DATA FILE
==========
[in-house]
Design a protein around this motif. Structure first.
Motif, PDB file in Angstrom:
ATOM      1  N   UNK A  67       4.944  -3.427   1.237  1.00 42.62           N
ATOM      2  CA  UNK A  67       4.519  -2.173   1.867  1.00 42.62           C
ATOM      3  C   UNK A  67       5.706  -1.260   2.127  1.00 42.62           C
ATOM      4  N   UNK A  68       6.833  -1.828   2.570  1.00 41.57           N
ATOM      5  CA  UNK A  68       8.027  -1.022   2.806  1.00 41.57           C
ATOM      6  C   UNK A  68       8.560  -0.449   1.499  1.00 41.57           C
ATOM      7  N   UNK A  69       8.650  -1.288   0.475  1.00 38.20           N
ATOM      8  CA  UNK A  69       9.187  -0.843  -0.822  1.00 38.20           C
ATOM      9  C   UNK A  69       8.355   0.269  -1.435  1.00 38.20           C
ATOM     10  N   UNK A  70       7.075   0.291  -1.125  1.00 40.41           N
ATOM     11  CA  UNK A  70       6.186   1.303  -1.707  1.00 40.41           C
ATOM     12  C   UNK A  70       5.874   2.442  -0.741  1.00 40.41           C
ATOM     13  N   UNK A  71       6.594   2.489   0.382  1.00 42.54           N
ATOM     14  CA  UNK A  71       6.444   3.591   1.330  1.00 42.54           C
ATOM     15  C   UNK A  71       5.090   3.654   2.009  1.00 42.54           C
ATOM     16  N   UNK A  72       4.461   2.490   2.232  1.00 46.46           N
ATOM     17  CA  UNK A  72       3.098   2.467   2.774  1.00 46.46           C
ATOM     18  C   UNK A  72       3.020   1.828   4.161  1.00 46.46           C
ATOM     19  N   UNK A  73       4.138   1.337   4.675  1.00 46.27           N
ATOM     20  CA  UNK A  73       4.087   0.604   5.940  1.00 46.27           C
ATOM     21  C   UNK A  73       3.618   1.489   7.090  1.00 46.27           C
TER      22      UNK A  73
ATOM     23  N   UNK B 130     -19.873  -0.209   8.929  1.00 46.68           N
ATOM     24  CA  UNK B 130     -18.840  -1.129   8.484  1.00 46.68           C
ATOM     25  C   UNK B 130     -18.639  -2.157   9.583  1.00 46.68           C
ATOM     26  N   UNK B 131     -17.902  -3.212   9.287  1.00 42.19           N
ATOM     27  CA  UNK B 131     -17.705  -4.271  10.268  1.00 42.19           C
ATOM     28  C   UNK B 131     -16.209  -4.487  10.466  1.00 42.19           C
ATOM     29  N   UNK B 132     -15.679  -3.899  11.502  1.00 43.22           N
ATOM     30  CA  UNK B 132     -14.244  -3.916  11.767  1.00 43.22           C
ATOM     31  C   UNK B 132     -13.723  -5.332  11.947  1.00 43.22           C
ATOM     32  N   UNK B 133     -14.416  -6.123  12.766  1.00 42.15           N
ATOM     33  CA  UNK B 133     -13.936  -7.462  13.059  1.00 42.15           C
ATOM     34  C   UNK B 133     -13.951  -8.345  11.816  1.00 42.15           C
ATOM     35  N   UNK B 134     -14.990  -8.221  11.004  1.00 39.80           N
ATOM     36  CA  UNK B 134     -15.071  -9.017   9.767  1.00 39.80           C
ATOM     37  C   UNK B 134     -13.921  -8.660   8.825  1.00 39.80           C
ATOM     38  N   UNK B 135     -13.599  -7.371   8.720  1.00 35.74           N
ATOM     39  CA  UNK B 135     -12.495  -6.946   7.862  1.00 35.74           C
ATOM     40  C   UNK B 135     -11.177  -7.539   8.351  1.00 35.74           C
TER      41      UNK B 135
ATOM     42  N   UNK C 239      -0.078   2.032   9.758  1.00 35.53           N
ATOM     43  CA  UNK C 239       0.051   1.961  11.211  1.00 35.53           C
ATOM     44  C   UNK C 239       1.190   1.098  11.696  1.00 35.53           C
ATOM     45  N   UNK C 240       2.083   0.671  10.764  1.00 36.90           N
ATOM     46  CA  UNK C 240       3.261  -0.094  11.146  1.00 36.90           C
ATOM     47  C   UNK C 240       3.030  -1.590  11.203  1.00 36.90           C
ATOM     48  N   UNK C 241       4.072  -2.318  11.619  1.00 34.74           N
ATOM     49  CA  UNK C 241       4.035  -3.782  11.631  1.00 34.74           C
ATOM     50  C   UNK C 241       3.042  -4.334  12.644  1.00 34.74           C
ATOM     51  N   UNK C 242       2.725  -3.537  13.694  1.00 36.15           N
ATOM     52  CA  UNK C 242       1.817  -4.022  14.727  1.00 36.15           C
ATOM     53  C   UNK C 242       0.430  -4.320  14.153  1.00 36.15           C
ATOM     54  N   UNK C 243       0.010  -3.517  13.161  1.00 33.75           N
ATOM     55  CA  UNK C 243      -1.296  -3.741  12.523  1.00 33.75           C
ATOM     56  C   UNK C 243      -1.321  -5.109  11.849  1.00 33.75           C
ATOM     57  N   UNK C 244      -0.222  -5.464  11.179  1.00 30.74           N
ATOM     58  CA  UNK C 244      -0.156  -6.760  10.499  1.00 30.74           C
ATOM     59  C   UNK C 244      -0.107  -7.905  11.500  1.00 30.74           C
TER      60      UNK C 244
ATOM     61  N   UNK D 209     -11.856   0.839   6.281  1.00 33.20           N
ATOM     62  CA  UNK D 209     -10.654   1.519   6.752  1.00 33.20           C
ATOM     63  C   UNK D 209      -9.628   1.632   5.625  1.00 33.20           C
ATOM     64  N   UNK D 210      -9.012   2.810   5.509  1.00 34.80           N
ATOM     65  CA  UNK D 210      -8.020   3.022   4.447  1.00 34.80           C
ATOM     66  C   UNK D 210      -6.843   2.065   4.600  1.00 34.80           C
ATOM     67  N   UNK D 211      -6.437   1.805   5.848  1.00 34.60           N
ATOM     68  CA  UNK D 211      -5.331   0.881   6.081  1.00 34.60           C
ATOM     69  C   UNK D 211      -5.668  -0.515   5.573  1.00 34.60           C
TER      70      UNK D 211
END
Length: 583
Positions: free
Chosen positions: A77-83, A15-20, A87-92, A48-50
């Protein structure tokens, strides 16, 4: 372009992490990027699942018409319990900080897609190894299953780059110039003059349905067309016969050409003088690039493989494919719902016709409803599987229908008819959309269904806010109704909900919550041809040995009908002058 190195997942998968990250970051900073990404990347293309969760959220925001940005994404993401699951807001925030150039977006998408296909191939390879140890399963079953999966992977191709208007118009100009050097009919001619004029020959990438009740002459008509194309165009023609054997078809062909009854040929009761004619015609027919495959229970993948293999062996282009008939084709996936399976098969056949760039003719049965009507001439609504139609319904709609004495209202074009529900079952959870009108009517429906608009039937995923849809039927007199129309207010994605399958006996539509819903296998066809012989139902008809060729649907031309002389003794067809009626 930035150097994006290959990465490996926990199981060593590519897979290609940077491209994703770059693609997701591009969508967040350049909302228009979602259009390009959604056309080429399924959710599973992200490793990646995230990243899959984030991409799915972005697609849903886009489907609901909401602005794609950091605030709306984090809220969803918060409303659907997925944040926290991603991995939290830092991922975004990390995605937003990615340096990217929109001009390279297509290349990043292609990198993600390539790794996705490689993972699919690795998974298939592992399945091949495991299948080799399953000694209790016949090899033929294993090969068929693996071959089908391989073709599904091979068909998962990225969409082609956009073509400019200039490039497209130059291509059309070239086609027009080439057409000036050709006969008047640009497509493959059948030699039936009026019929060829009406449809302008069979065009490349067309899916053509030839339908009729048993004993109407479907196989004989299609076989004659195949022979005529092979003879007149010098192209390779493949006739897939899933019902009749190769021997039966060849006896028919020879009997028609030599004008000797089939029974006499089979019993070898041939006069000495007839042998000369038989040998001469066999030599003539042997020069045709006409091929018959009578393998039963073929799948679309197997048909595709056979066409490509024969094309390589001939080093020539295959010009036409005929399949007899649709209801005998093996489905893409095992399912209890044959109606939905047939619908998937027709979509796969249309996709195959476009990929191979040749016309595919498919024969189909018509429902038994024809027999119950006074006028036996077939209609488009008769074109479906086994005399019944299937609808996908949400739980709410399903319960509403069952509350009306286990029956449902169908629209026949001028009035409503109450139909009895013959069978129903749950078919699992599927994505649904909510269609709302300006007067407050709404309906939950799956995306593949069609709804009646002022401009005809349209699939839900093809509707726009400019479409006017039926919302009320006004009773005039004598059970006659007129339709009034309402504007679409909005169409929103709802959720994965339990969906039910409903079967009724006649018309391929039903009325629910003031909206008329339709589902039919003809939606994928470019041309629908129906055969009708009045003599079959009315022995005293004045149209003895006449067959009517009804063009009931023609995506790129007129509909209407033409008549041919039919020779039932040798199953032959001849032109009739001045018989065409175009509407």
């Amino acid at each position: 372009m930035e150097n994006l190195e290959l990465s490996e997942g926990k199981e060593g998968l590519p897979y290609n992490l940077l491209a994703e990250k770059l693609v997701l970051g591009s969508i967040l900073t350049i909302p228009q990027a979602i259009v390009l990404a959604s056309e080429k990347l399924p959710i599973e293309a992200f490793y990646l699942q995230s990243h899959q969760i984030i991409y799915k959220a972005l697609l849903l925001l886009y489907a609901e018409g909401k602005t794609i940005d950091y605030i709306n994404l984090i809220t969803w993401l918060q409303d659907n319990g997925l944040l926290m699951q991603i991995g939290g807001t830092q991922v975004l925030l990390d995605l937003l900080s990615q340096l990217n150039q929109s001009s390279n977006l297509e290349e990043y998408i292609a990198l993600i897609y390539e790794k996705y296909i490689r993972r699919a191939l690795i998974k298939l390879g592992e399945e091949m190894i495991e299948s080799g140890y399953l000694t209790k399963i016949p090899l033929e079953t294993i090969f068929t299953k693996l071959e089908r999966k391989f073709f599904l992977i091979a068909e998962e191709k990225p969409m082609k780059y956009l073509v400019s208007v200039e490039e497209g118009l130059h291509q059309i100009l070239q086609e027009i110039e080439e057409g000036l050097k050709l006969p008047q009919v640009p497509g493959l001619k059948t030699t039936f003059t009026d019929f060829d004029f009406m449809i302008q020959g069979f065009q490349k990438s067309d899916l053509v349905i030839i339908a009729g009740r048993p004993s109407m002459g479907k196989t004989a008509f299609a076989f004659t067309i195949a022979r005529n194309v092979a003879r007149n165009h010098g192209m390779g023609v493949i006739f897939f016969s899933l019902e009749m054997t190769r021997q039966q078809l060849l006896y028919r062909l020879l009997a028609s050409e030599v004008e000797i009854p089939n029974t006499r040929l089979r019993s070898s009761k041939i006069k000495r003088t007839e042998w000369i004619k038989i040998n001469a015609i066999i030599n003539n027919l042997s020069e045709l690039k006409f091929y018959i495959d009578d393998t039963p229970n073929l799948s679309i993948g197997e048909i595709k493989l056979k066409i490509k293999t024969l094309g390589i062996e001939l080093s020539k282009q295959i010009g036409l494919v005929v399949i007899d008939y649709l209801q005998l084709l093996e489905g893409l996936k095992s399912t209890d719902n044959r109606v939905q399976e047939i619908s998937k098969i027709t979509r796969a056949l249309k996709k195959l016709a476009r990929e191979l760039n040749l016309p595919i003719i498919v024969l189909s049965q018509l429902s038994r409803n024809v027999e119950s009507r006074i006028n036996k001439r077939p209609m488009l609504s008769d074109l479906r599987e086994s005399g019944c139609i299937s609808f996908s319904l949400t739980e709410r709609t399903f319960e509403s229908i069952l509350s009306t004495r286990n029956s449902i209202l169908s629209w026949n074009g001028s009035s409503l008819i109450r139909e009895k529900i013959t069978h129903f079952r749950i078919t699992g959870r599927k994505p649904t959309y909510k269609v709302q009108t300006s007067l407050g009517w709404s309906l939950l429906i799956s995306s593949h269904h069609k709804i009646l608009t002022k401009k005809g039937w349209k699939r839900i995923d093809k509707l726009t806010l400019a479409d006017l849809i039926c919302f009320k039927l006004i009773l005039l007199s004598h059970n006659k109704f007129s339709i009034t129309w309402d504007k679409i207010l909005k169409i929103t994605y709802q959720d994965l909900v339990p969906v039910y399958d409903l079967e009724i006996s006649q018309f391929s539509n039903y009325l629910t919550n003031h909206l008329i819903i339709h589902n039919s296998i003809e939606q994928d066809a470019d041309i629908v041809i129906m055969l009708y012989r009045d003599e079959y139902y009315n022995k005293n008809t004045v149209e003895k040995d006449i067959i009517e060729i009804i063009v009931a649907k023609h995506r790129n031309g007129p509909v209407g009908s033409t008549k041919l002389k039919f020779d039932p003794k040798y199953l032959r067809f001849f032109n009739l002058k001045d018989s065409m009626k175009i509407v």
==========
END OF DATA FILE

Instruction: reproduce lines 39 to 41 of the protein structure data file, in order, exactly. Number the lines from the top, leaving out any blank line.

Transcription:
ATOM     36  CA  UNK B 134     -15.071  -9.017   9.767  1.00 39.80           C
ATOM     37  C   UNK B 134     -13.921  -8.660   8.825  1.00 39.80           C
ATOM     38  N   UNK B 135     -13.599  -7.371   8.720  1.00 35.74           N